“we hope all DC residents take a moment to recognize that not all the children you see around your neighborhood have safe, stable homes”

foster family
stock photo of a foster family in DC

The following was written by Latin American Youth Center’s Amaris Montes.

If your child’s school has at least 100 kids in attendance, have you ever looked around and thought–“At least one of these kids is in foster care?” If you haven’t, you should start to. One in every 100 kids living in DC is in foster care; That is 1% of all children and youth in DC. They often go unnoticed and face unique challenges that are largely not addressed.

Take seven year old Felicia: She came into the foster care system after sexual assault by a family friend caused her to be separated from her biological mother. While her mother tries to improve her living conditions as best she can, is taking parenting classes, and works long hours at a restaurant so that Felicia can return to her care, Felicia lives with a foster parent. She lives with a loving single parent, Ms. Alanzo, who provides all the care and resources a normal parent would. Felicia understandably feels a mix of emotions–too many to process at just seven years old–and works them out by having excessive tantrums, ignoring her work at school, and needing a massive amount of attention. Her school is less than understanding of this behavior, threatening to kick her out of school if she doesn’t change her behavior. If this were to happen, Felicia would fall even more behind, lose the little continuity she has in her life, and her ability to trust and attach to adults and peers would be further jeopardized.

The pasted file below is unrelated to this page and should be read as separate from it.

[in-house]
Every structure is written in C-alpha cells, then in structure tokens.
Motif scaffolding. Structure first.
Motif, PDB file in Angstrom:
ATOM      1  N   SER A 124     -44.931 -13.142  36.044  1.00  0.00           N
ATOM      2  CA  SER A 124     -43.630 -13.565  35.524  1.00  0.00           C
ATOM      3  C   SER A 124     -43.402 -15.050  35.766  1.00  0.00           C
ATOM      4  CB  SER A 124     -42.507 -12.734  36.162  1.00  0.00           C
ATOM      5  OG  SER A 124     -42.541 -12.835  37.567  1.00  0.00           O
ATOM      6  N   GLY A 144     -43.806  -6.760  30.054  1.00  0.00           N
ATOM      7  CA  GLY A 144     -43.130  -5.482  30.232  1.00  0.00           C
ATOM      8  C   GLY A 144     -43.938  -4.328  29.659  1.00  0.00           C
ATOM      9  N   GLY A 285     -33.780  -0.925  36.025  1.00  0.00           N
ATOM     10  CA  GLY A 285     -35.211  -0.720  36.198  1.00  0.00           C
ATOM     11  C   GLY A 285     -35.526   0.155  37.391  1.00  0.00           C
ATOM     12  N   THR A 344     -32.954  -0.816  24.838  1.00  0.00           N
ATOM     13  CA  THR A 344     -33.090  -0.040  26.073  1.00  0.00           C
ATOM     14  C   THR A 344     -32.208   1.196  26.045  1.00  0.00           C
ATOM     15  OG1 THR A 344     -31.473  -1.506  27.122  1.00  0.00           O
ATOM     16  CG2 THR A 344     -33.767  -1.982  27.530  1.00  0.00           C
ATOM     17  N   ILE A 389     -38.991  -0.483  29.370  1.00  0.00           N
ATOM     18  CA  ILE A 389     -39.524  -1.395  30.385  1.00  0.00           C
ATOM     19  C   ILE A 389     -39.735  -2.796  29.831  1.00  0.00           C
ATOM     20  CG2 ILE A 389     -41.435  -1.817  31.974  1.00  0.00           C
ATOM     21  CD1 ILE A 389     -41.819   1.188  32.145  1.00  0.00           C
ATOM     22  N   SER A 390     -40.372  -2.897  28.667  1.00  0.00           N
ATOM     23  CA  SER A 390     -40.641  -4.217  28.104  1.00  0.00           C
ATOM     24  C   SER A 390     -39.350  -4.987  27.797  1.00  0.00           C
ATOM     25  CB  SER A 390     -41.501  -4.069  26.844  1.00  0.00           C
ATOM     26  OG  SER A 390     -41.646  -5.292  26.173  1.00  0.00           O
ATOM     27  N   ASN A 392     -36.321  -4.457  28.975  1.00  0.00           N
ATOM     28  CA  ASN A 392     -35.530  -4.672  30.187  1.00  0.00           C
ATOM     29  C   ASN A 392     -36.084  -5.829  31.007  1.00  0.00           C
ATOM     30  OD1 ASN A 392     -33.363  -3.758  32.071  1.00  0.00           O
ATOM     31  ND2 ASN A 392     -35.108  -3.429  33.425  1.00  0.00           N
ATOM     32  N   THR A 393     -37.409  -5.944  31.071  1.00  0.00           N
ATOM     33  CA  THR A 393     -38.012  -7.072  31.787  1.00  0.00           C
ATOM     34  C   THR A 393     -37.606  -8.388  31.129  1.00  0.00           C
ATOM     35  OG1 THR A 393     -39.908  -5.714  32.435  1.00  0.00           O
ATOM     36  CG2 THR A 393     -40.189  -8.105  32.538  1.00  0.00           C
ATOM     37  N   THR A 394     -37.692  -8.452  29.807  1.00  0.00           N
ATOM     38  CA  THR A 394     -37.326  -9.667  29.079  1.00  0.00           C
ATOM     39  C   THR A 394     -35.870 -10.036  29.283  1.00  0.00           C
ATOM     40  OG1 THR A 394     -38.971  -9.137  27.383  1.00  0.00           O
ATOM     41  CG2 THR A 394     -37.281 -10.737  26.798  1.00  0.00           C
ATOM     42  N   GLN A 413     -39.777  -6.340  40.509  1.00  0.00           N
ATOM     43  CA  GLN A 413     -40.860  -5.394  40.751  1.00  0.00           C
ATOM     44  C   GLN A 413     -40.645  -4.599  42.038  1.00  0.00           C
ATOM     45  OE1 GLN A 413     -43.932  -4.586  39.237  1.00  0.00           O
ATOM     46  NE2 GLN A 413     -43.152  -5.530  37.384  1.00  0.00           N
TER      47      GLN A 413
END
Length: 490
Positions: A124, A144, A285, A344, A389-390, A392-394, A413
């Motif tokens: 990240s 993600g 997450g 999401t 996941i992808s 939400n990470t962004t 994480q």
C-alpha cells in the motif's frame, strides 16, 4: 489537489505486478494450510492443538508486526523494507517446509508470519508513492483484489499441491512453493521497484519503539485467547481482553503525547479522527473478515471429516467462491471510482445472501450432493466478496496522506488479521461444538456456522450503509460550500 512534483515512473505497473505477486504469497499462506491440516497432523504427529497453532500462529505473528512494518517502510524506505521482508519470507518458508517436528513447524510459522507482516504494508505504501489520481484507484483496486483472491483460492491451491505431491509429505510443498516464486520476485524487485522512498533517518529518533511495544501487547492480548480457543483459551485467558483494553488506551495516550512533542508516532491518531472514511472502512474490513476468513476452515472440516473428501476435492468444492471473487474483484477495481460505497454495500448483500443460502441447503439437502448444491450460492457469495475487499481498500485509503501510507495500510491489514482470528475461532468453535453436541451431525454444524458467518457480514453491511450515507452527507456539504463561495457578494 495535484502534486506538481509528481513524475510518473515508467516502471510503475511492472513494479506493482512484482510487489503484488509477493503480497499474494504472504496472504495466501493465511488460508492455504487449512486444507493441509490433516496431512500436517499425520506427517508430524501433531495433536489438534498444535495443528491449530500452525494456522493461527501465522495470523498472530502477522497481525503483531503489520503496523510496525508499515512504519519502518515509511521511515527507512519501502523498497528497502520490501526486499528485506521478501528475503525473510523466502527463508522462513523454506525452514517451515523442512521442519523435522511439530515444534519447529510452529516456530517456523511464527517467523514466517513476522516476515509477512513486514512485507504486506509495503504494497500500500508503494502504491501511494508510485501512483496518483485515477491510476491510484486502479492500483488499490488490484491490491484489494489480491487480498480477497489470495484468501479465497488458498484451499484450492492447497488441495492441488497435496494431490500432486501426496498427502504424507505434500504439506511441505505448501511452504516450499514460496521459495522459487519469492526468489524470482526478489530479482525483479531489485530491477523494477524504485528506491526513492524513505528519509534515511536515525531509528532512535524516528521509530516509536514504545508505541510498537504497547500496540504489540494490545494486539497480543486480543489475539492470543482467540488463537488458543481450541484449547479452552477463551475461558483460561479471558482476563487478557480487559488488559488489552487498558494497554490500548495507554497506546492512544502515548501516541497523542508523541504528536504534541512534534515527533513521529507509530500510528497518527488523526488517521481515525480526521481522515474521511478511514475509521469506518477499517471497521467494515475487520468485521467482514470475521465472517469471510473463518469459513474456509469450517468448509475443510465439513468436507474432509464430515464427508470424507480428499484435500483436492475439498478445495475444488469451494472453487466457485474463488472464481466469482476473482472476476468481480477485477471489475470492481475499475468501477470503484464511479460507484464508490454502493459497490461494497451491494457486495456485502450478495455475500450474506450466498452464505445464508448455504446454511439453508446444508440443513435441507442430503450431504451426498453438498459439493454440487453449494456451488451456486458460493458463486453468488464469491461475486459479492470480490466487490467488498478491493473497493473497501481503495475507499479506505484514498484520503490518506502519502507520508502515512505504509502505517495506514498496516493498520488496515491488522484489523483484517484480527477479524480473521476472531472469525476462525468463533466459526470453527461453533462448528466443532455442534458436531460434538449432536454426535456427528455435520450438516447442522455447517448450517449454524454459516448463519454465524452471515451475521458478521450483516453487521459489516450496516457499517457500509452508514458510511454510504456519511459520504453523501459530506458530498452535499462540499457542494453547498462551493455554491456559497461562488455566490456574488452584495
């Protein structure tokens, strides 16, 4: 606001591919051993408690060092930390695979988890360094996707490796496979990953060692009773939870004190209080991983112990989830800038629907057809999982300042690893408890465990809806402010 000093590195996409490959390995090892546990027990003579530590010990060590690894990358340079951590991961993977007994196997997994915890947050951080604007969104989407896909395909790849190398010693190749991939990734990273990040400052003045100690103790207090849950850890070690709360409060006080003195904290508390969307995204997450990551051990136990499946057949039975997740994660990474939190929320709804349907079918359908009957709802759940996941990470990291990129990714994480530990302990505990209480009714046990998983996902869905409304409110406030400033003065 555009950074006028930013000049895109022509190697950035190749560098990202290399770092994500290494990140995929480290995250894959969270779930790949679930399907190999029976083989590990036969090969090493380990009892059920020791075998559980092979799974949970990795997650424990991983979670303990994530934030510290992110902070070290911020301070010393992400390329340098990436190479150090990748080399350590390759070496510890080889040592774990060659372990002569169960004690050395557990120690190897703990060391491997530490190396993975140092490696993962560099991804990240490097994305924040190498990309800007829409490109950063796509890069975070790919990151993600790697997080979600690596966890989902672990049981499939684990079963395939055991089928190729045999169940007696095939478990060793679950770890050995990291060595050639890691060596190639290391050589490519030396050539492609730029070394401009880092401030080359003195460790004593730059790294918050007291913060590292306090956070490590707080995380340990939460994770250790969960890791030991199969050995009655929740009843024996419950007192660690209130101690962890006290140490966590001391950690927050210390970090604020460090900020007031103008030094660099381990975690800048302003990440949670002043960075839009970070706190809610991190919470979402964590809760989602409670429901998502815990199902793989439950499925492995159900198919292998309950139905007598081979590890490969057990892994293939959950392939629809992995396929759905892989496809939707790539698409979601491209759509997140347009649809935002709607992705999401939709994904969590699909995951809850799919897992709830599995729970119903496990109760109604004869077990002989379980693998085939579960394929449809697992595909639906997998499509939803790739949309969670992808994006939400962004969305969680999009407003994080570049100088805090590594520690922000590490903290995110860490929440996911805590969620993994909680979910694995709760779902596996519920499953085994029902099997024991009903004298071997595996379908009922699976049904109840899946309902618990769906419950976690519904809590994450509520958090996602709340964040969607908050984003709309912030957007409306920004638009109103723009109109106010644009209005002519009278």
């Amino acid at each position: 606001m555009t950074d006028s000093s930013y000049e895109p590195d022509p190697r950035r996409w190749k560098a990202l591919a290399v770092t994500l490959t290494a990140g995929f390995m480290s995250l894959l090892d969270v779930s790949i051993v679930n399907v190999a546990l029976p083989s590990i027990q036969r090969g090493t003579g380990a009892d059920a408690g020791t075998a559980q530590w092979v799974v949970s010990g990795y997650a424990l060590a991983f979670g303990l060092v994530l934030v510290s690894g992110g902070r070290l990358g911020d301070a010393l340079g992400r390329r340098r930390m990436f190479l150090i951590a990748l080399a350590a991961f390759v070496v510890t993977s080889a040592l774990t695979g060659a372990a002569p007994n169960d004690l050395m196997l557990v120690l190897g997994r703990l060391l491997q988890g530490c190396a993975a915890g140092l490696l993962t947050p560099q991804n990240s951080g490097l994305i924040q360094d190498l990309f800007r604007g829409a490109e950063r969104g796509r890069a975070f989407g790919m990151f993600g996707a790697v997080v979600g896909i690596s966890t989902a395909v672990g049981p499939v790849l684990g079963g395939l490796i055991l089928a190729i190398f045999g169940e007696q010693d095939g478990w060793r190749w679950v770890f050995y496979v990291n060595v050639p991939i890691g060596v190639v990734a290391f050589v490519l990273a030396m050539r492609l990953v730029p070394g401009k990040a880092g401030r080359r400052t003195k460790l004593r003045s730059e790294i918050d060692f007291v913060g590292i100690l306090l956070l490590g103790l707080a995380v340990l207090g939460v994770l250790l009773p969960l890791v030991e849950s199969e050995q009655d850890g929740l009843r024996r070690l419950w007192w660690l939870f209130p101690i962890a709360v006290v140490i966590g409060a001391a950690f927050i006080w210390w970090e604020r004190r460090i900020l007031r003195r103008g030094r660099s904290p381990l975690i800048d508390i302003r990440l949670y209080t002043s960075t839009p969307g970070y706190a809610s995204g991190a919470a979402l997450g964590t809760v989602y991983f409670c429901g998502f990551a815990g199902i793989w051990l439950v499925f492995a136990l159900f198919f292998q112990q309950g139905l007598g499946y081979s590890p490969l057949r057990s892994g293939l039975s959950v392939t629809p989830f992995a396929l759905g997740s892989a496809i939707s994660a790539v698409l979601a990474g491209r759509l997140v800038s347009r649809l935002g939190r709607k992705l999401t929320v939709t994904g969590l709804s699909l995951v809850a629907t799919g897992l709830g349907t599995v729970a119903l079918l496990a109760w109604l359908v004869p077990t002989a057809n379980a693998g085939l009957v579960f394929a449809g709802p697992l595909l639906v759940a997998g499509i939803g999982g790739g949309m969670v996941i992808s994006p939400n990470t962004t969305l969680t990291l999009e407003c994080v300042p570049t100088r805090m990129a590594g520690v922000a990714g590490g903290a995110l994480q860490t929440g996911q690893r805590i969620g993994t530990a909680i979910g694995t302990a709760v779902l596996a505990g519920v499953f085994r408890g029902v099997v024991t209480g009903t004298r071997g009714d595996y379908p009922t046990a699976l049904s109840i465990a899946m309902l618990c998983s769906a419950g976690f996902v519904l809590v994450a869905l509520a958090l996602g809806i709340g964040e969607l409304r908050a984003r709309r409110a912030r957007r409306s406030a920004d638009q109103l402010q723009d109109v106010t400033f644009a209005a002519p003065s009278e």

There are about 1,000 children in DC living in a foster home. May is National Foster Care Month, so during this month, we hope all DC residents take a moment to recognize that not all the children you see around your neighborhood have safe, stable homes. If you have ever thought about becoming a foster parent, please contact the Latin American Youth Center’s Foster Care Program today at [email protected]

14 Comment

  • And yet DC family services places impossible hurdles in the way of folks looking to adopt from the system. I know a couple families who have wanted to adopt locally, but gave up and went for private or international adoption after years of runaround and incompetence from DC.